Fluorescent molecules have been widely used in many areas of biological and medical research. Hiroyuki Kagechika, Tokyo Medical and Dental University (TMDU), Japan, Tomoya Hirano, Osaka University of Pharmaceutical Sciences, Japan, and colleagues have developed a fluorescent amino acid that can be incorporated into peptides. There, it allows the team to detect interactions between the resulting fluorescent peptide and calmodulin, a calcium-binding protein.
The researchers have synthesized fluorophores with a common structure, a 1,5-naphthyridin-2(1H)-one unit. This type of fluorophore is a structural component of the fluorescent natural compounds amarastelline A and nigakinone (pictured top). One of these fluorophores, the 3-hydroxy-8-phenyl derivative, shows a solvent-polarity-dependent change of its fluorescence ratio at 370/480 nm and strong fluorescence in both aqueous solutions and in less polar solvents.
To apply this property to the study of biomolecule interactions, the fluorophore was converted into an amino acid analogue and introduced into a C5 peptide (pictured bottom left). The fluorescence of the peptide could then be used to sense its interaction with calmodulin using fluorescent ratiometric measurements. The fluorescence ratio of the peptide was changed by the calmodulin only in the presence of Ca2+. This indicates that the fluorescent peptide can detect the conformational change of calmodulin induced by Ca2+ (pictured bottom right). These findings indicate the usefulness of natural compounds for the development of new fluorescent molecules.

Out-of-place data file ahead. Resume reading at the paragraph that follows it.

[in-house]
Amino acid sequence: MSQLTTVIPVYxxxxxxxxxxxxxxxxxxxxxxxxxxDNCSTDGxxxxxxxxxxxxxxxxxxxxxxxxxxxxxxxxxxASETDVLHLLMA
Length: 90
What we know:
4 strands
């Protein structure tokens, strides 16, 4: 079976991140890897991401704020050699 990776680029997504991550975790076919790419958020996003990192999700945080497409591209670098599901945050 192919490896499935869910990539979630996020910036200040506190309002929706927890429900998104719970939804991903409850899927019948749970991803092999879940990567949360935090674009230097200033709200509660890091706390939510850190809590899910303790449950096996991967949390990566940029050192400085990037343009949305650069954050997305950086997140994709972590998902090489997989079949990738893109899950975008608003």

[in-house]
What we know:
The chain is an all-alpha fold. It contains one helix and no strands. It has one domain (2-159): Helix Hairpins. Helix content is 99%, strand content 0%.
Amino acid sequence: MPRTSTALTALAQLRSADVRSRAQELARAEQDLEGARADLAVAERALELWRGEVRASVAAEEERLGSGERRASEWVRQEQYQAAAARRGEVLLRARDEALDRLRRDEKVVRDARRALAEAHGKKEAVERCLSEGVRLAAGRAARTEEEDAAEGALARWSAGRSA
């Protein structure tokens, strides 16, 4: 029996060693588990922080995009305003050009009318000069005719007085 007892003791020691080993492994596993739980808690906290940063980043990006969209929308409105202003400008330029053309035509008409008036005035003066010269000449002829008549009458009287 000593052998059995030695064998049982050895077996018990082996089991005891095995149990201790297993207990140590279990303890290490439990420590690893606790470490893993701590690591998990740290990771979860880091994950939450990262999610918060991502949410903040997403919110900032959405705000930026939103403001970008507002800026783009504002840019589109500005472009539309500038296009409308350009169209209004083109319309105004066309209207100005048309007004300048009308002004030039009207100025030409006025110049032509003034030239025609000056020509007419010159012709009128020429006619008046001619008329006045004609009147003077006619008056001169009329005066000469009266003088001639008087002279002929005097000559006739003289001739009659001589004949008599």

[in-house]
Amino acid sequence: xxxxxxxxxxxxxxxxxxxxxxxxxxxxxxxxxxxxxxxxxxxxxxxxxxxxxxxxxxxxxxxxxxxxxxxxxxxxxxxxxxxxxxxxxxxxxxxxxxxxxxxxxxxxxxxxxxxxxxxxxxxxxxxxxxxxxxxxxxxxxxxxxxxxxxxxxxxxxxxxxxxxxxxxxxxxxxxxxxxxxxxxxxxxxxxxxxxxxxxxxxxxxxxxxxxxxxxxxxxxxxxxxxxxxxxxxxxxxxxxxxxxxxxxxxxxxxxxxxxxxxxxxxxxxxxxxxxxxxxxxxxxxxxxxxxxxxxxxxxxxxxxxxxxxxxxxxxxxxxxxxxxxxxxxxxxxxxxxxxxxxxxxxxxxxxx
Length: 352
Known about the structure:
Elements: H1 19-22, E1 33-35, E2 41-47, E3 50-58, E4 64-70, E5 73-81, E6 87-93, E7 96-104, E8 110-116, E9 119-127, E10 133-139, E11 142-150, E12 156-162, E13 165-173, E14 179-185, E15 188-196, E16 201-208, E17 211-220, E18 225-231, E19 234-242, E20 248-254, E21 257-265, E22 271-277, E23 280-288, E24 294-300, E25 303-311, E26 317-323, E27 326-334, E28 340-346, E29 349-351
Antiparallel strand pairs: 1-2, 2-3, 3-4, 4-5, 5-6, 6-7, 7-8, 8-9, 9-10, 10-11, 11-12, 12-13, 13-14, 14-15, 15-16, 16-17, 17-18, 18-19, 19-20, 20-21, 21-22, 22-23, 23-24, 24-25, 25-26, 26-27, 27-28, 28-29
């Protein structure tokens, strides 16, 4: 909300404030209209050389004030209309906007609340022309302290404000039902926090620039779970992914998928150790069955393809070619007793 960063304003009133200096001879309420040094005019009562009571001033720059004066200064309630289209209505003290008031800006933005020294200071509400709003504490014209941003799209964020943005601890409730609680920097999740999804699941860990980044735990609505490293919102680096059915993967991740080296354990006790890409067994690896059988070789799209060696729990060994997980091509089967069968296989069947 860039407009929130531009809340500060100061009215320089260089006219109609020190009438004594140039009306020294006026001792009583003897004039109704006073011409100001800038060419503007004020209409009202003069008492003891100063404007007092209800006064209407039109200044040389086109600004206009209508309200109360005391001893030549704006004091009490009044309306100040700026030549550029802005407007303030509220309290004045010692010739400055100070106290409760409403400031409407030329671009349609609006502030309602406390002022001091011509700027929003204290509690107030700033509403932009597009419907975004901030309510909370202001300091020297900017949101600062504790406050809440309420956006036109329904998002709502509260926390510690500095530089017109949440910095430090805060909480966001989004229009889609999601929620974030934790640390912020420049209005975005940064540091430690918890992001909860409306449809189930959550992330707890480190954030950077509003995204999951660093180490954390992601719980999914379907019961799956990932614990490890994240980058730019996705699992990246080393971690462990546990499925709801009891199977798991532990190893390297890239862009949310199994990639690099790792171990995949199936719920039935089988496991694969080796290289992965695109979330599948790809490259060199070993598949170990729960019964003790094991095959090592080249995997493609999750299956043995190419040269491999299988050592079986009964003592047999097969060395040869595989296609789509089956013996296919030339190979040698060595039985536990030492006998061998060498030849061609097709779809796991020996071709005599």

- A Polarity-Sensitive Fluorescent Amino Acid and its Incorporation into Peptides for the Ratiometric Detection of Biomolecular Interactions,
Hidetomo Yokoo, Hiroyuki Kagechika, Ayumi Ohsaki, Tomoya Hirano,